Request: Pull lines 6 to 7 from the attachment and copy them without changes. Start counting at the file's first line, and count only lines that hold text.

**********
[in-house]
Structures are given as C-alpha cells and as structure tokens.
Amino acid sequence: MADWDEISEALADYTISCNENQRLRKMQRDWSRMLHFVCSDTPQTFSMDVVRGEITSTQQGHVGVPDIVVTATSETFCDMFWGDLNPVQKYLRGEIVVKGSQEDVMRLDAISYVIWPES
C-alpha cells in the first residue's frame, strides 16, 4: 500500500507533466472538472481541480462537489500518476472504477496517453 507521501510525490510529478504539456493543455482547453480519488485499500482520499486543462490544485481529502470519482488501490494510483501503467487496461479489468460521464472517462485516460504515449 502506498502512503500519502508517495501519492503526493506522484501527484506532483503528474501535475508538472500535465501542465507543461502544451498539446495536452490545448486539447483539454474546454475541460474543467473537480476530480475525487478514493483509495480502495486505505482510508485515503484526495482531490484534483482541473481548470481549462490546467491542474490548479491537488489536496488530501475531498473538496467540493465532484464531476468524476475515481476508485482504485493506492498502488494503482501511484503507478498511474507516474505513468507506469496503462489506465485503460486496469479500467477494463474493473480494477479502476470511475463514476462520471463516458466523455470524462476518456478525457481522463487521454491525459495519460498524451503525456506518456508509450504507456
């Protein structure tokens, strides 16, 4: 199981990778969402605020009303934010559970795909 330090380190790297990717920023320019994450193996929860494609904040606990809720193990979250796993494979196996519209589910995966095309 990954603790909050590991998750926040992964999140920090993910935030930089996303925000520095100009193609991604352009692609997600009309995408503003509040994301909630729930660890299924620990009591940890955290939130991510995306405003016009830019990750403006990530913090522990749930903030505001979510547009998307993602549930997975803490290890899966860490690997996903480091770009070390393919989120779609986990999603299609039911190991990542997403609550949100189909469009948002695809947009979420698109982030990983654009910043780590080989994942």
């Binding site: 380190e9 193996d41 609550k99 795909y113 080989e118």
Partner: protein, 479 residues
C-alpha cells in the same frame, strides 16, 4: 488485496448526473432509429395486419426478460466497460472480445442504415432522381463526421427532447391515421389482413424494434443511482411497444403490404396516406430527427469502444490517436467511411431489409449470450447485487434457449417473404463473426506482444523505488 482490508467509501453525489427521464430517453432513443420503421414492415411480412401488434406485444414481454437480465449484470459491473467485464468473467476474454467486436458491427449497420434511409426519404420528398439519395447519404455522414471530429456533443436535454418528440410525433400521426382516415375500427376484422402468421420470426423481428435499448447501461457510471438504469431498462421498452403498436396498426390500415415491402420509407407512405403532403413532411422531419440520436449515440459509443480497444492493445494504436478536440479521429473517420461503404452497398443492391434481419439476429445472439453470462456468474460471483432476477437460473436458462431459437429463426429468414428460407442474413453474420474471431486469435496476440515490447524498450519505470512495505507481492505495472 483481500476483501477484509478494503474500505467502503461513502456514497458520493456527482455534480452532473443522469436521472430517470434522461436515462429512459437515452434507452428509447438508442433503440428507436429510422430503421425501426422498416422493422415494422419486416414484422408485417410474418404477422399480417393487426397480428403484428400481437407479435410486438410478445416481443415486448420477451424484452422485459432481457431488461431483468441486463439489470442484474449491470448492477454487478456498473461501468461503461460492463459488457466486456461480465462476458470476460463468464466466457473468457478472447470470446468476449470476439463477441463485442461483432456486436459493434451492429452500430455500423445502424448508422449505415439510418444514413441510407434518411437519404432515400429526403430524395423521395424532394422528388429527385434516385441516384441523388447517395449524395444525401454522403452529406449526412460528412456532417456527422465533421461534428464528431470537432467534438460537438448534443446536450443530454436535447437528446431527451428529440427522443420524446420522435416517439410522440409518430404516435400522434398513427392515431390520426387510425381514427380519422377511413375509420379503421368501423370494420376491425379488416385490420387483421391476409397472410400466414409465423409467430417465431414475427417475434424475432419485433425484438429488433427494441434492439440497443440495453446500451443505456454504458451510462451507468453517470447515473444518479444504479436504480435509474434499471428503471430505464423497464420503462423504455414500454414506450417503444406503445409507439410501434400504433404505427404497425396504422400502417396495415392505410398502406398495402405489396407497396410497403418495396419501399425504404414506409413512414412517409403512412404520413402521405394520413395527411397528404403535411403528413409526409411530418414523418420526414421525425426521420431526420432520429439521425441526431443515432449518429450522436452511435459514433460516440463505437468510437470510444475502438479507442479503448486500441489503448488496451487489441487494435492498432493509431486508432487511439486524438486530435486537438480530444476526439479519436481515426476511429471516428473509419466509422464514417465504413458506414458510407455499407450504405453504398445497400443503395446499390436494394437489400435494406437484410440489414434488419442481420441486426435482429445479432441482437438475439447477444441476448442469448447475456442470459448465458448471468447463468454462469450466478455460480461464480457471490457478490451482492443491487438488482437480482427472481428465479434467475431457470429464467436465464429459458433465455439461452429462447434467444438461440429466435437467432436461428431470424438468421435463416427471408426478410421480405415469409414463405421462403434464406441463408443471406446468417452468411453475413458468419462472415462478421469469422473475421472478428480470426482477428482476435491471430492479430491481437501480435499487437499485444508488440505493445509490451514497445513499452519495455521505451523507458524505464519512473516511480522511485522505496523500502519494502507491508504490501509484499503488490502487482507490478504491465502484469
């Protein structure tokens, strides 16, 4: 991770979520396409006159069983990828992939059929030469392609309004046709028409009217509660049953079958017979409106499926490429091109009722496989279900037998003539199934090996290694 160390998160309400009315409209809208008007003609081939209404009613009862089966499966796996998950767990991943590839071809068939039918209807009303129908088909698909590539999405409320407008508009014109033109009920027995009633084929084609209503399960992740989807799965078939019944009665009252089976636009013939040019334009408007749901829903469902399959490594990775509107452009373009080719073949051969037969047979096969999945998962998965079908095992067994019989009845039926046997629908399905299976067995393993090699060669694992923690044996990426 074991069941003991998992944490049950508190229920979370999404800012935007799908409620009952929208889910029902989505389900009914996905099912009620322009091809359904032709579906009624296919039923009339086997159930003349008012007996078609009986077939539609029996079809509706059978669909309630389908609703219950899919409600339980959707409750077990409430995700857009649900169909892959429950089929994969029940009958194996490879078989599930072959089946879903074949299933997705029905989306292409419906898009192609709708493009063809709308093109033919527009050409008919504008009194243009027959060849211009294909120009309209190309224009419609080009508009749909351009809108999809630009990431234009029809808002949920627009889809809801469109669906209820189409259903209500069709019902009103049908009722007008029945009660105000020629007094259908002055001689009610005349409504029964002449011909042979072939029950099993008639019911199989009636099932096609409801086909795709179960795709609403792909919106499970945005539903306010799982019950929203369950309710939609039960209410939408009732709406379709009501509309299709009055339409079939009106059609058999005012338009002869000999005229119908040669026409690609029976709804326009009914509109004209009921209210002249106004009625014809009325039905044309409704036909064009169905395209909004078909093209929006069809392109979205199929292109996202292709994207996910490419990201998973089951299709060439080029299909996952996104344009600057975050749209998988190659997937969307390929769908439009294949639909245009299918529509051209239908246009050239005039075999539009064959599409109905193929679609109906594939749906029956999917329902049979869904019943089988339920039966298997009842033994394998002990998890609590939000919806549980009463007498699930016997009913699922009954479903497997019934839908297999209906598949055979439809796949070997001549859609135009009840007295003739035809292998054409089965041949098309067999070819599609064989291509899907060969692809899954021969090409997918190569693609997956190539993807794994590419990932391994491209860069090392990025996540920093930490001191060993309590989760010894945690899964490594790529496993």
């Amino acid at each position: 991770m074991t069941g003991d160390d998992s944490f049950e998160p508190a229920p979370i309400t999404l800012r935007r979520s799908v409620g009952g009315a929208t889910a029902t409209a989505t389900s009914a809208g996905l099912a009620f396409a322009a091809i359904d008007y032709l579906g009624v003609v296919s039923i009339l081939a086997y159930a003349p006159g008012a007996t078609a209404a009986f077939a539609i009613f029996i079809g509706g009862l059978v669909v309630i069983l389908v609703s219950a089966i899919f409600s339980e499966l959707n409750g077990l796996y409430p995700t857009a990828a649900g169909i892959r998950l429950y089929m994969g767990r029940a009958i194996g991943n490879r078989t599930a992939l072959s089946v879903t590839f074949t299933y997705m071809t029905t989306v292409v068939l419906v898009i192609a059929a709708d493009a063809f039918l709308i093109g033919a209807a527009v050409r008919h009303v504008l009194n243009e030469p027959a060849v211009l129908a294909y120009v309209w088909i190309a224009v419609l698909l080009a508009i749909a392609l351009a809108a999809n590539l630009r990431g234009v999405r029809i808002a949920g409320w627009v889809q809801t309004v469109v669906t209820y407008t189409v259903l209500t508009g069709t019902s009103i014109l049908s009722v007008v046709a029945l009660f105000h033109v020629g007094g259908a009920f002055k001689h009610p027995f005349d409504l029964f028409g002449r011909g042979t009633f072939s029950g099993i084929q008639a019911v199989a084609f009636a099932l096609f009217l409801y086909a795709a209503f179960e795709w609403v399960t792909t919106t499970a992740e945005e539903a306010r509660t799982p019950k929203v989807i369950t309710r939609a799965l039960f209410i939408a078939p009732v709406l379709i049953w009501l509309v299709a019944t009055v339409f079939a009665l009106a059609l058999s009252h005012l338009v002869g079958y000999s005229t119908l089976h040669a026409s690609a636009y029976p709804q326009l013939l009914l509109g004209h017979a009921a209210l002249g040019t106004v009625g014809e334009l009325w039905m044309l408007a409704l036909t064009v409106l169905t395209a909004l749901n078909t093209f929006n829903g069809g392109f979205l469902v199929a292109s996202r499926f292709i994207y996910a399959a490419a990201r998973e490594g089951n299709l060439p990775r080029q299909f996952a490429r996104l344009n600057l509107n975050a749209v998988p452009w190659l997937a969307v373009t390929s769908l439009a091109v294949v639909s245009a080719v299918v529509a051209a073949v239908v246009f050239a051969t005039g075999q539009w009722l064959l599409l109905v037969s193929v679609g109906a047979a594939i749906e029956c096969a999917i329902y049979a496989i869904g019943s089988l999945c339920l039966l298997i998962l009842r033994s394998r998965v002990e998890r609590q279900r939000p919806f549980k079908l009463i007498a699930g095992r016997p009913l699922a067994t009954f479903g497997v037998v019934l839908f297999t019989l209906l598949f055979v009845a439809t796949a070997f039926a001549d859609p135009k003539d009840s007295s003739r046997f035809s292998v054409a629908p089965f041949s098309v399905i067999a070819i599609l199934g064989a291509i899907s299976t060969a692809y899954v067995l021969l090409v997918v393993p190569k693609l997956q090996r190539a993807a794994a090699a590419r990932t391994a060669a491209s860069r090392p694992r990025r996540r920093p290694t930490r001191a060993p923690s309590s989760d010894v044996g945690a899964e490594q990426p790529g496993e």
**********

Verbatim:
């Binding site: 380190e9 193996d41 609550k99 795909y113 080989e118």
Partner: protein, 479 residues